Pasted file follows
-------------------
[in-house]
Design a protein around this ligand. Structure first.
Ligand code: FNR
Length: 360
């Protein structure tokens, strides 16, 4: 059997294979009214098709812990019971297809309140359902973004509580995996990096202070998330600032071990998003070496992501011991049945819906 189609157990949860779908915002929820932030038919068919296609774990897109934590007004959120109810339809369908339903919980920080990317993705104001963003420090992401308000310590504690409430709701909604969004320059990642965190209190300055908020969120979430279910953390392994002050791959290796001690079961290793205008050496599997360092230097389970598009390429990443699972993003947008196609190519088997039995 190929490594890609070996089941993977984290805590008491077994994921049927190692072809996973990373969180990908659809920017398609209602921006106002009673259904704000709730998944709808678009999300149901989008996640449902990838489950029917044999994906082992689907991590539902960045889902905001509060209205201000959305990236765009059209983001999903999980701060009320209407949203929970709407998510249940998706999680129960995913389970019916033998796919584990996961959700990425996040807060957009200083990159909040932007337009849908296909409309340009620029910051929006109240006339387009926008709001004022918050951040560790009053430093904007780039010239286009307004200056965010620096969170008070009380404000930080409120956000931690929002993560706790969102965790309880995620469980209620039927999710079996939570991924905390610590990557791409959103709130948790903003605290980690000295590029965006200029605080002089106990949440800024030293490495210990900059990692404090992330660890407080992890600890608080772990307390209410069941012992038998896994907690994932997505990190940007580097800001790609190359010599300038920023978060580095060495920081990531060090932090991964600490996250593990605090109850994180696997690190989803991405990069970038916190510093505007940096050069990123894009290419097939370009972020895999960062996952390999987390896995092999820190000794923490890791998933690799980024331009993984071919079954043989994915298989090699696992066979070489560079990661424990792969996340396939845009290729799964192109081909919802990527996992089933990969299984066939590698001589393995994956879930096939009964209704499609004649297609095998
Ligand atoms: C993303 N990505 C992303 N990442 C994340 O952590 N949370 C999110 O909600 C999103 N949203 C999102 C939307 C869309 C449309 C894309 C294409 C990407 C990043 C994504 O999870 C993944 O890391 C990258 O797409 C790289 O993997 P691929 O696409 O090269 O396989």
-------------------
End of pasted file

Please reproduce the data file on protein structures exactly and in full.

[in-house]
Design a protein around this ligand. Structure first.
Ligand code: FNR
Length: 360
């Protein structure tokens, strides 16, 4: 059997294979009214098709812990019971297809309140359902973004509580995996990096202070998330600032071990998003070496992501011991049945819906 189609157990949860779908915002929820932030038919068919296609774990897109934590007004959120109810339809369908339903919980920080990317993705104001963003420090992401308000310590504690409430709701909604969004320059990642965190209190300055908020969120979430279910953390392994002050791959290796001690079961290793205008050496599997360092230097389970598009390429990443699972993003947008196609190519088997039995 190929490594890609070996089941993977984290805590008491077994994921049927190692072809996973990373969180990908659809920017398609209602921006106002009673259904704000709730998944709808678009999300149901989008996640449902990838489950029917044999994906082992689907991590539902960045889902905001509060209205201000959305990236765009059209983001999903999980701060009320209407949203929970709407998510249940998706999680129960995913389970019916033998796919584990996961959700990425996040807060957009200083990159909040932007337009849908296909409309340009620029910051929006109240006339387009926008709001004022918050951040560790009053430093904007780039010239286009307004200056965010620096969170008070009380404000930080409120956000931690929002993560706790969102965790309880995620469980209620039927999710079996939570991924905390610590990557791409959103709130948790903003605290980690000295590029965006200029605080002089106990949440800024030293490495210990900059990692404090992330660890407080992890600890608080772990307390209410069941012992038998896994907690994932997505990190940007580097800001790609190359010599300038920023978060580095060495920081990531060090932090991964600490996250593990605090109850994180696997690190989803991405990069970038916190510093505007940096050069990123894009290419097939370009972020895999960062996952390999987390896995092999820190000794923490890791998933690799980024331009993984071919079954043989994915298989090699696992066979070489560079990661424990792969996340396939845009290729799964192109081909919802990527996992089933990969299984066939590698001589393995994956879930096939009964209704499609004649297609095998
Ligand atoms: C993303 N990505 C992303 N990442 C994340 O952590 N949370 C999110 O909600 C999103 N949203 C999102 C939307 C869309 C449309 C894309 C294409 C990407 C990043 C994504 O999870 C993944 O890391 C990258 O797409 C790289 O993997 P691929 O696409 O090269 O396989």